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Snow Deer Festival attracts north country folk music enthusiasts to Watertown


While the rest of the nation geared up for the Super Bowl, dozens of folk music enthusiasts from all over the north country fiddled and square danced to some old country tunes at the North Side Improvement League on Mill Street.

Hosted every winter by the Black River Valley Fiddlers Association, the Snow Deer Festival attracts several violin, piano, banjo, accordion, drum and bass guitar players and as many as 80 fans to Watertown. The local group is one of five chapters making up the New York State Old Tyme Fiddlers Association.

One of the performers Sunday was Keith Hunt, state association president, who has been playing the violin for more than 30 years.

“I’m mostly self-taught,” he said. “I grew up on Wellesley Island, where people were a lot busier in the summertime, and then things get slow in the winter. Fiddling and folk dancing, I naturally grew up with it.”

Unfortunately, he said, the widespread availability of television “knocked” square dancing’s attendance, and the association’s membership has also been declining.

But Mr. Hunt said he’s not worried fiddling may die out, as string instrument teachers have been more eager to teach fiddling tunes to their pupils than in the past.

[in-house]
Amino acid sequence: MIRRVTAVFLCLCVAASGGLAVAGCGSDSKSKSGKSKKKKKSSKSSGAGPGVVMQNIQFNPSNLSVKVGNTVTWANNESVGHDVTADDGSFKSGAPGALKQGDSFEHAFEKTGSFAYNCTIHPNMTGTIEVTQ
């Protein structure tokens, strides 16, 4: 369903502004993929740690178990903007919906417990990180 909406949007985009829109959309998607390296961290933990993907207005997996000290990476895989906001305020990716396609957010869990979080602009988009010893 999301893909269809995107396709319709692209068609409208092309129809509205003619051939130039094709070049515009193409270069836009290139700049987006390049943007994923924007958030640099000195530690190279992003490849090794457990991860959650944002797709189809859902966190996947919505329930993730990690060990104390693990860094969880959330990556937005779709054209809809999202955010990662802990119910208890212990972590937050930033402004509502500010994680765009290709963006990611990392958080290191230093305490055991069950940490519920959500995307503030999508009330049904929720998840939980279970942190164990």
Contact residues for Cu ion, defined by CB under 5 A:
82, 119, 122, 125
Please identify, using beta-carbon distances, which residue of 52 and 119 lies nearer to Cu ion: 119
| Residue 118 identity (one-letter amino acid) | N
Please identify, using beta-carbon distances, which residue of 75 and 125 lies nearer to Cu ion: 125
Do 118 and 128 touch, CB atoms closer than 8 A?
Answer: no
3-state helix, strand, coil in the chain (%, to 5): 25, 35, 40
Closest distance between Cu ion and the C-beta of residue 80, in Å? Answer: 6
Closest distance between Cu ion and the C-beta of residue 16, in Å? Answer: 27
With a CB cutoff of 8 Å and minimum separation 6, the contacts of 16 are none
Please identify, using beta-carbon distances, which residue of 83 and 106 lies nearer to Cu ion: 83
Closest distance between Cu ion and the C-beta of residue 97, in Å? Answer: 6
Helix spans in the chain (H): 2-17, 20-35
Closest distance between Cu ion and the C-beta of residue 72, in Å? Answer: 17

“We’d like to see more people from all ages to come and dance,” Mr. Hunt said. “I hope we get an audience because a lot of us aren’t going to be around in a couple of decades.”

David A. Loveland, the state association’s vice president, attended and said young and old alike enjoy fiddling tunes once they’re exposed to them.

“Once you get them hooked on it, they’re hooked. They really like it,” he said, adding the association launched a new chapter last year, “The Fiddlin’ Future,” for children.

The nonprofit group holds concerts with grant funding from the New York State Council on the Arts, but it is entirely up to volunteers to raise money for the operation, upkeep and renovations to the association’s North American Fiddlers Hall of Fame in Osceola.

While the annual Snow Deer Festival is not the group’s largest event — that’s the summer picnic in Osceola — it is the nonprofit’s biggest fundraiser.

Last year, the group raised a little more than $1,000 at the 2012 Snow Deer Festival. Organizers were hoping Sunday to raise roughly the same amount this year.

“Our mission is to promote and perpetuate old-time fiddling,” Mr. Loveland said. “The tunes from the 1800s, from the old country, that’s what we’re trying to protect.”

Also performing at the 2013 Snow Deer Festival was 93-year-old F.A. “Jim” Dupre of Watertown, a New York State Old Tyme Fiddlers Association hall of famer who has been playing the violin most of his life.

“I used to take violin lessons since I was 10. My father used to pay for my lessons with carrots, cucumbers and tomatoes,” said Mr. Dupre, who performs free for the group. “I just do it as a hobby. That’s all. You have four strings, four fingers and you can play all the music in the world.”

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